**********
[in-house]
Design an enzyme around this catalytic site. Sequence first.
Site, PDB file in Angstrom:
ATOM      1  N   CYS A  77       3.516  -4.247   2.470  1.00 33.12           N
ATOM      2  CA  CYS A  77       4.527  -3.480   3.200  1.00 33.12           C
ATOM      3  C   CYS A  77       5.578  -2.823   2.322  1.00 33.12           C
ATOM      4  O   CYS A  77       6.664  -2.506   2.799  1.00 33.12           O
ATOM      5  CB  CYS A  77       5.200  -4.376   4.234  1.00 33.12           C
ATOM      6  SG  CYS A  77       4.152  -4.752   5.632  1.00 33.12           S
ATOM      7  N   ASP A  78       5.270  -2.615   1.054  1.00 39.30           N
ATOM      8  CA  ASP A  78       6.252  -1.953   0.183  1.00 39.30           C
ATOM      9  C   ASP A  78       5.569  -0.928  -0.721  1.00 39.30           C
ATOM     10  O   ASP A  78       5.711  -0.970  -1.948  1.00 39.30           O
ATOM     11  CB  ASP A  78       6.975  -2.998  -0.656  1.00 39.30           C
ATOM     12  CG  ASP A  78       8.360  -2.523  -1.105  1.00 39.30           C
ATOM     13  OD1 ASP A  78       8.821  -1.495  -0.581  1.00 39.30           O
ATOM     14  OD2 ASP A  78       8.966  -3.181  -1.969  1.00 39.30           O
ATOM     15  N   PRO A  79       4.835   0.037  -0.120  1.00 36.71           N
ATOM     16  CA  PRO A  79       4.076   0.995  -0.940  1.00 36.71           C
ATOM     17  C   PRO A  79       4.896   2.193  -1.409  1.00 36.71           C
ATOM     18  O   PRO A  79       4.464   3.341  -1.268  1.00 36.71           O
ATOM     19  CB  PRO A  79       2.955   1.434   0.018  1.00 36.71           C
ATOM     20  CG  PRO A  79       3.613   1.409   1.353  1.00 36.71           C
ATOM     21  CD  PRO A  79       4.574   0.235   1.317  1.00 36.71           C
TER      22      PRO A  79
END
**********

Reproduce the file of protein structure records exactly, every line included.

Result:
[in-house]
Design an enzyme around this catalytic site. Sequence first.
Site, PDB file in Angstrom:
ATOM      1  N   CYS A  77       3.516  -4.247   2.470  1.00 33.12           N
ATOM      2  CA  CYS A  77       4.527  -3.480   3.200  1.00 33.12           C
ATOM      3  C   CYS A  77       5.578  -2.823   2.322  1.00 33.12           C
ATOM      4  O   CYS A  77       6.664  -2.506   2.799  1.00 33.12           O
ATOM      5  CB  CYS A  77       5.200  -4.376   4.234  1.00 33.12           C
ATOM      6  SG  CYS A  77       4.152  -4.752   5.632  1.00 33.12           S
ATOM      7  N   ASP A  78       5.270  -2.615   1.054  1.00 39.30           N
ATOM      8  CA  ASP A  78       6.252  -1.953   0.183  1.00 39.30           C
ATOM      9  C   ASP A  78       5.569  -0.928  -0.721  1.00 39.30           C
ATOM     10  O   ASP A  78       5.711  -0.970  -1.948  1.00 39.30           O
ATOM     11  CB  ASP A  78       6.975  -2.998  -0.656  1.00 39.30           C
ATOM     12  CG  ASP A  78       8.360  -2.523  -1.105  1.00 39.30           C
ATOM     13  OD1 ASP A  78       8.821  -1.495  -0.581  1.00 39.30           O
ATOM     14  OD2 ASP A  78       8.966  -3.181  -1.969  1.00 39.30           O
ATOM     15  N   PRO A  79       4.835   0.037  -0.120  1.00 36.71           N
ATOM     16  CA  PRO A  79       4.076   0.995  -0.940  1.00 36.71           C
ATOM     17  C   PRO A  79       4.896   2.193  -1.409  1.00 36.71           C
ATOM     18  O   PRO A  79       4.464   3.341  -1.268  1.00 36.71           O
ATOM     19  CB  PRO A  79       2.955   1.434   0.018  1.00 36.71           C
ATOM     20  CG  PRO A  79       3.613   1.409   1.353  1.00 36.71           C
ATOM     21  CD  PRO A  79       4.574   0.235   1.317  1.00 36.71           C
TER      22      PRO A  79
END